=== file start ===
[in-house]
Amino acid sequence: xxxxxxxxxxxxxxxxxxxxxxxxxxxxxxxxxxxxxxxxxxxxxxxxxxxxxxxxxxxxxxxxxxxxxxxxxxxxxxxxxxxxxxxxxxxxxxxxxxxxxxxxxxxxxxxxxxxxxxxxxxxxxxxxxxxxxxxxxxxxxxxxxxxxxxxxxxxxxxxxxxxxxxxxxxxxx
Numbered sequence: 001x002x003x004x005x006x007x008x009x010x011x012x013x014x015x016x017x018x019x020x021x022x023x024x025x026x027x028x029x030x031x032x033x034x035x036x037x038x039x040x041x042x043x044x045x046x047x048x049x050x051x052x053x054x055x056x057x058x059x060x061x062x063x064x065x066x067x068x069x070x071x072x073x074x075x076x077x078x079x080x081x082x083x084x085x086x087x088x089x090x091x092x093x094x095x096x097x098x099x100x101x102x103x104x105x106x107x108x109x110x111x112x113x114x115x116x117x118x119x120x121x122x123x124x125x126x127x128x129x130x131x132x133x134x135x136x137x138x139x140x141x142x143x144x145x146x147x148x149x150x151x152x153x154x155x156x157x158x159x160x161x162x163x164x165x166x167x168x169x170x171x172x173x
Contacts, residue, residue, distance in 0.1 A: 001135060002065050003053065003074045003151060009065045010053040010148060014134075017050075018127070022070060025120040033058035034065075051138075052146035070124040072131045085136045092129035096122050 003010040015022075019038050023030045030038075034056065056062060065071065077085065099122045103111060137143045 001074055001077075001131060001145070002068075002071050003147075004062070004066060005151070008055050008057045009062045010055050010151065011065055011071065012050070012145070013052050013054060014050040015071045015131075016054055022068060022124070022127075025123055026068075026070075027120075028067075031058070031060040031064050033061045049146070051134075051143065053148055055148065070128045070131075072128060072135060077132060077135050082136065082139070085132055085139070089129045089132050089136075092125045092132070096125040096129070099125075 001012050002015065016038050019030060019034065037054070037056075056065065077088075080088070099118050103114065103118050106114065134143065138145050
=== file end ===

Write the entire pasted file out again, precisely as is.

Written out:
[in-house]
Amino acid sequence: xxxxxxxxxxxxxxxxxxxxxxxxxxxxxxxxxxxxxxxxxxxxxxxxxxxxxxxxxxxxxxxxxxxxxxxxxxxxxxxxxxxxxxxxxxxxxxxxxxxxxxxxxxxxxxxxxxxxxxxxxxxxxxxxxxxxxxxxxxxxxxxxxxxxxxxxxxxxxxxxxxxxxxxxxxxxx
Numbered sequence: 001x002x003x004x005x006x007x008x009x010x011x012x013x014x015x016x017x018x019x020x021x022x023x024x025x026x027x028x029x030x031x032x033x034x035x036x037x038x039x040x041x042x043x044x045x046x047x048x049x050x051x052x053x054x055x056x057x058x059x060x061x062x063x064x065x066x067x068x069x070x071x072x073x074x075x076x077x078x079x080x081x082x083x084x085x086x087x088x089x090x091x092x093x094x095x096x097x098x099x100x101x102x103x104x105x106x107x108x109x110x111x112x113x114x115x116x117x118x119x120x121x122x123x124x125x126x127x128x129x130x131x132x133x134x135x136x137x138x139x140x141x142x143x144x145x146x147x148x149x150x151x152x153x154x155x156x157x158x159x160x161x162x163x164x165x166x167x168x169x170x171x172x173x
Contacts, residue, residue, distance in 0.1 A: 001135060002065050003053065003074045003151060009065045010053040010148060014134075017050075018127070022070060025120040033058035034065075051138075052146035070124040072131045085136045092129035096122050 003010040015022075019038050023030045030038075034056065056062060065071065077085065099122045103111060137143045 001074055001077075001131060001145070002068075002071050003147075004062070004066060005151070008055050008057045009062045010055050010151065011065055011071065012050070012145070013052050013054060014050040015071045015131075016054055022068060022124070022127075025123055026068075026070075027120075028067075031058070031060040031064050033061045049146070051134075051143065053148055055148065070128045070131075072128060072135060077132060077135050082136065082139070085132055085139070089129045089132050089136075092125045092132070096125040096129070099125075 001012050002015065016038050019030060019034065037054070037056075056065065077088075080088070099118050103114065103118050106114065134143065138145050